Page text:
Jane Campion has received countless awards and accolades throughout the course of her filmmaking career, but her triumph at the 1993 Cannes Film Festival may very well be her most significant. Her second feature film, The Piano, won the Palme d'Or that year, sharing the award with Farewell My Concubine (also part of the Miramax library). The event marked only the fourth time since 1975 that two films tied for the festival's top honor, but it also signaled a far more important cinematic milestone. With her victory, Campion became the first female director to ever win the Palme d'Or, ending a nearly 40-year run of male hegemony.
Nearly 20 years have passed since Campion's coup, but the director has found herself in the spotlight once again this year -- albeit for rather inauspicious reasons. There's been some controversy brewing around this year's lineup of Palme d'Or nominees, which once again features not a single film from a female director. Last year's lineup, by comparison, included four female directors. This has led a group of nearly 900 women to sign a petition in protest against the festival, though not all female auteurs are quite as incensed over the selection process.
"I would have hated it if my film got selected for Cannes because I am a woman as some sort of charity," said director Andrea Arnold, who has had two films in competition at Cannes in recent years -- Red Road (2006), and Fish Tank (2009). "And it is true that, the world over, there are very few female directors. So maybe Cannes is just a small piece representing the larger trend."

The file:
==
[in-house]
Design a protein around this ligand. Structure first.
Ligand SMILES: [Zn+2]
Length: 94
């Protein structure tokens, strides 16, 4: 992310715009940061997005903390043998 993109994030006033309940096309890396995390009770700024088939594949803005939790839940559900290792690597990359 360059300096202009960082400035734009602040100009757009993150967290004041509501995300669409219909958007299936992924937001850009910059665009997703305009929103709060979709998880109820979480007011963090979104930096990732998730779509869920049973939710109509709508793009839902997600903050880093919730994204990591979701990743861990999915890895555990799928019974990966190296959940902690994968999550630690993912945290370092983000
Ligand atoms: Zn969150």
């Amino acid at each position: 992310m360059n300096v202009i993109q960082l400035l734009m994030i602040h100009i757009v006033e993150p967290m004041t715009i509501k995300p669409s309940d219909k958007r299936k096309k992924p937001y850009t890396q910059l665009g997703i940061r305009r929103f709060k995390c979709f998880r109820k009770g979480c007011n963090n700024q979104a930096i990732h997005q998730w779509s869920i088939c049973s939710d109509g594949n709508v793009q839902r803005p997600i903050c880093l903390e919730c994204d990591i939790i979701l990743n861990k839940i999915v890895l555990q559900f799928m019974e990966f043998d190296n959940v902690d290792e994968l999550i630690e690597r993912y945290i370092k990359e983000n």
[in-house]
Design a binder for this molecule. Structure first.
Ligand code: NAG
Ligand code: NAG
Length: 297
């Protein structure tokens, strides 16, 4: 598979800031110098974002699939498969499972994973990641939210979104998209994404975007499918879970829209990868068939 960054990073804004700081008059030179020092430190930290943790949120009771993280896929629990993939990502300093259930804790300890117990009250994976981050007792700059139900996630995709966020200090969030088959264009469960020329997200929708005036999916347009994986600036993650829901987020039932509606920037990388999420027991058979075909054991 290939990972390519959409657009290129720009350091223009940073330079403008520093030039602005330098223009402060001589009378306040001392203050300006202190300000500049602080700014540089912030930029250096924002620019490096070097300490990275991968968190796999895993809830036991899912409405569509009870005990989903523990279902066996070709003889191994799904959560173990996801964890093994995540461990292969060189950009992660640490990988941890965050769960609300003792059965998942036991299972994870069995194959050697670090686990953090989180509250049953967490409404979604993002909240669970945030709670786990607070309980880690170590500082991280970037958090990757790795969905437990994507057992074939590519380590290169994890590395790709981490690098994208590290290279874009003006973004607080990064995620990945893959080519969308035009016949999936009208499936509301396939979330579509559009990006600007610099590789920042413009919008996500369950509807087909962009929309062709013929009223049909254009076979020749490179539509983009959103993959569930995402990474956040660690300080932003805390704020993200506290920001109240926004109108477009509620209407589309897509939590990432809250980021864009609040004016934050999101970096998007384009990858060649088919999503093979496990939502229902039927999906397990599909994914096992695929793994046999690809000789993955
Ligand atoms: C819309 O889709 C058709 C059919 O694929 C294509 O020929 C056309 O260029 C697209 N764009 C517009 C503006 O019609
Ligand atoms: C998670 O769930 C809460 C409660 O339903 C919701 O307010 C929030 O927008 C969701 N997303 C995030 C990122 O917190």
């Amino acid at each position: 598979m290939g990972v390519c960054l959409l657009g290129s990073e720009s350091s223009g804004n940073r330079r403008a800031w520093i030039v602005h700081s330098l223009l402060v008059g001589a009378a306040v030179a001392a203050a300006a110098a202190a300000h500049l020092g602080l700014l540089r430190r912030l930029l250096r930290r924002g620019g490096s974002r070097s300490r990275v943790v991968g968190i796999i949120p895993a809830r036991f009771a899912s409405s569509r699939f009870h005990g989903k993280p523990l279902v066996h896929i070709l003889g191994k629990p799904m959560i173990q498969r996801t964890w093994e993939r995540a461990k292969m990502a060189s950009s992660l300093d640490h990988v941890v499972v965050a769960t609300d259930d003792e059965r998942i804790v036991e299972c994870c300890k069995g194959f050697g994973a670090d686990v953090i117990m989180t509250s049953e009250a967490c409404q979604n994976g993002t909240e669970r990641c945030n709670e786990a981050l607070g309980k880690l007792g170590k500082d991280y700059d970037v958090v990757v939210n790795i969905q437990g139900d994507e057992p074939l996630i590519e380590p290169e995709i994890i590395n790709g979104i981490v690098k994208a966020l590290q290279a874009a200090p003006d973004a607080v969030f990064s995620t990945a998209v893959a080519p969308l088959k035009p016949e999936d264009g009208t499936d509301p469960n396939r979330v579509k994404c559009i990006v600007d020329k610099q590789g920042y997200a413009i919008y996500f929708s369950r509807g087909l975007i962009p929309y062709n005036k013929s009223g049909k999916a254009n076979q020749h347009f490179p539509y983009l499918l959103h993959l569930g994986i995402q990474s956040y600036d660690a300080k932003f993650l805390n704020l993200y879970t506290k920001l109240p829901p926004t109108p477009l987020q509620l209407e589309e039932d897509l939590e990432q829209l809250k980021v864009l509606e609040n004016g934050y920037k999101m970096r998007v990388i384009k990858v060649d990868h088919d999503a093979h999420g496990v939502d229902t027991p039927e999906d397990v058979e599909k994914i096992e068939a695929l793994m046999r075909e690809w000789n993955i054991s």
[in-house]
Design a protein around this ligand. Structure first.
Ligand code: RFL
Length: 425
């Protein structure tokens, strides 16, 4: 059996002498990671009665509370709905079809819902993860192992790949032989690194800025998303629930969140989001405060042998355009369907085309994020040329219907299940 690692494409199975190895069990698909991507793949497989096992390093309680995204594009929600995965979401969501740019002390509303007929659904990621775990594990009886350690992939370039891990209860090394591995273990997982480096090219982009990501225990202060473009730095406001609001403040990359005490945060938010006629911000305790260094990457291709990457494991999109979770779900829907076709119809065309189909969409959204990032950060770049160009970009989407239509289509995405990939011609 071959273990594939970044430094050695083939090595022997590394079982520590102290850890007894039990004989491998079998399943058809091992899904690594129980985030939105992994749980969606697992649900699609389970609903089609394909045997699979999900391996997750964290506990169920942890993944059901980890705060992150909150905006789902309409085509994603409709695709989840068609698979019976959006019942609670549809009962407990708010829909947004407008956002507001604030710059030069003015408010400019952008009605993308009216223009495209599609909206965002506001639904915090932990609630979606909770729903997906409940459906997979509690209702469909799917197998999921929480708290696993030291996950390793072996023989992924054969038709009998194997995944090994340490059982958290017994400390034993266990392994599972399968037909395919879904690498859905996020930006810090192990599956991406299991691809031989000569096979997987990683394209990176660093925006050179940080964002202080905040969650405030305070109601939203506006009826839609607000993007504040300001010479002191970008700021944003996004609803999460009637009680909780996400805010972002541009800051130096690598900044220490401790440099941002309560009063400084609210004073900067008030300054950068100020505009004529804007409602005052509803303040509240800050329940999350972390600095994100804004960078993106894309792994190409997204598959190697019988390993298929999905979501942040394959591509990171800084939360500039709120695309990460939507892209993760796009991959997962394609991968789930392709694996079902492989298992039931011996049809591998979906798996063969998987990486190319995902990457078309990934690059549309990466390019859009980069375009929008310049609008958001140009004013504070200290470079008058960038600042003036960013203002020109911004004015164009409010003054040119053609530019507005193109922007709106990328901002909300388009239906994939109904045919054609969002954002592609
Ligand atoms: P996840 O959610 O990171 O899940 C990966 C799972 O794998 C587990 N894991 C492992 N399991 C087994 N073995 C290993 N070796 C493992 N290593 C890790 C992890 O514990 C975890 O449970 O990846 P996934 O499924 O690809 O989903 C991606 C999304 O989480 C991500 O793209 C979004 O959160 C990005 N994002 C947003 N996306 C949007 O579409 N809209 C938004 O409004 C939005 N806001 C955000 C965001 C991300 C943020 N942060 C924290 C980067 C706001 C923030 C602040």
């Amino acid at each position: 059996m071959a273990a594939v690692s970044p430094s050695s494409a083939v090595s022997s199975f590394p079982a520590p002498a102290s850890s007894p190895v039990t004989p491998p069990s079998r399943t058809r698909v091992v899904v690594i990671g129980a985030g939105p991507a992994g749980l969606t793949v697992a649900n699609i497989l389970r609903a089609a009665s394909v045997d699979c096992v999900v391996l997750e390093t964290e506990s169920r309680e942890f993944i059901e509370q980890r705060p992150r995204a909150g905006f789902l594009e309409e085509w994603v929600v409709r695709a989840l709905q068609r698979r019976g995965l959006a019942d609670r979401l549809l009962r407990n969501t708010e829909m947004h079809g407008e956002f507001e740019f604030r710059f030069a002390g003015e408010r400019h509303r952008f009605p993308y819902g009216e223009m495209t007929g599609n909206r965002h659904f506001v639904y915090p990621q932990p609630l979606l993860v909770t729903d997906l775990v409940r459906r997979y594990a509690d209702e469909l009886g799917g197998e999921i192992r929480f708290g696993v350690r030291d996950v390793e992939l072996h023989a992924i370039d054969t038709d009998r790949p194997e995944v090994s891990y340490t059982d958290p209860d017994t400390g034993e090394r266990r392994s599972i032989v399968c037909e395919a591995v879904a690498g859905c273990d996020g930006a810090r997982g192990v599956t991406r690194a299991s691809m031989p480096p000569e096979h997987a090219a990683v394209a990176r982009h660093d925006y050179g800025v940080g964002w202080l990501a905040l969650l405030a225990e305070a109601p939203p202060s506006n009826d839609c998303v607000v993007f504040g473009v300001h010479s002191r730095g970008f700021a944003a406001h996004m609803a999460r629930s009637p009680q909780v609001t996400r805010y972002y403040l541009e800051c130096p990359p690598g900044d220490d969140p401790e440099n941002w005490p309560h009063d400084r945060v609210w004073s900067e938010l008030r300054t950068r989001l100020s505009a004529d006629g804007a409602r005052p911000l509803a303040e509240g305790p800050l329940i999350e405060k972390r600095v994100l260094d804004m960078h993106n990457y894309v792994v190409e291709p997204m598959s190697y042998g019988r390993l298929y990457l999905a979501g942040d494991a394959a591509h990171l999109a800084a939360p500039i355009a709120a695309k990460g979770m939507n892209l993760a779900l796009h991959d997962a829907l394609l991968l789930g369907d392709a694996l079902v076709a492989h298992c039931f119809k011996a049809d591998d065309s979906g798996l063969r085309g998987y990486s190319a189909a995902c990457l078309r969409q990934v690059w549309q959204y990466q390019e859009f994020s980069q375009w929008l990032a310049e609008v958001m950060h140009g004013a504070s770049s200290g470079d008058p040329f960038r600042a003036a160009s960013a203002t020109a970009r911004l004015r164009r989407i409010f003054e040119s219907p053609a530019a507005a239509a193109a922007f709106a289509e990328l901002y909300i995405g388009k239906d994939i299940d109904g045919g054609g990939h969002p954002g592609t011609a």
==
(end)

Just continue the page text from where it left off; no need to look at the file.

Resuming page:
Naturally, this debate has put Campion's award in a new light, with many activists and media outlets citing it as a sobering reminder of what some see as a widening gender gap. Campion herself hasn't said a lot about this year's field, but she did address the issue in 2009, when her film, Bright Star, was up for the Palme d'Or.
"The studio system is kind of an old boys' system and it's difficult for them to trust women to be capable," Campion said at the time, though she acknowledged that there may be larger, and more societal explanations for this discrepancy. "I think women don't grow up with the harsh world of criticism that men grow up with - we are more sensitively treated - and when you first experience the world of film-making you have to develop a very tough skin."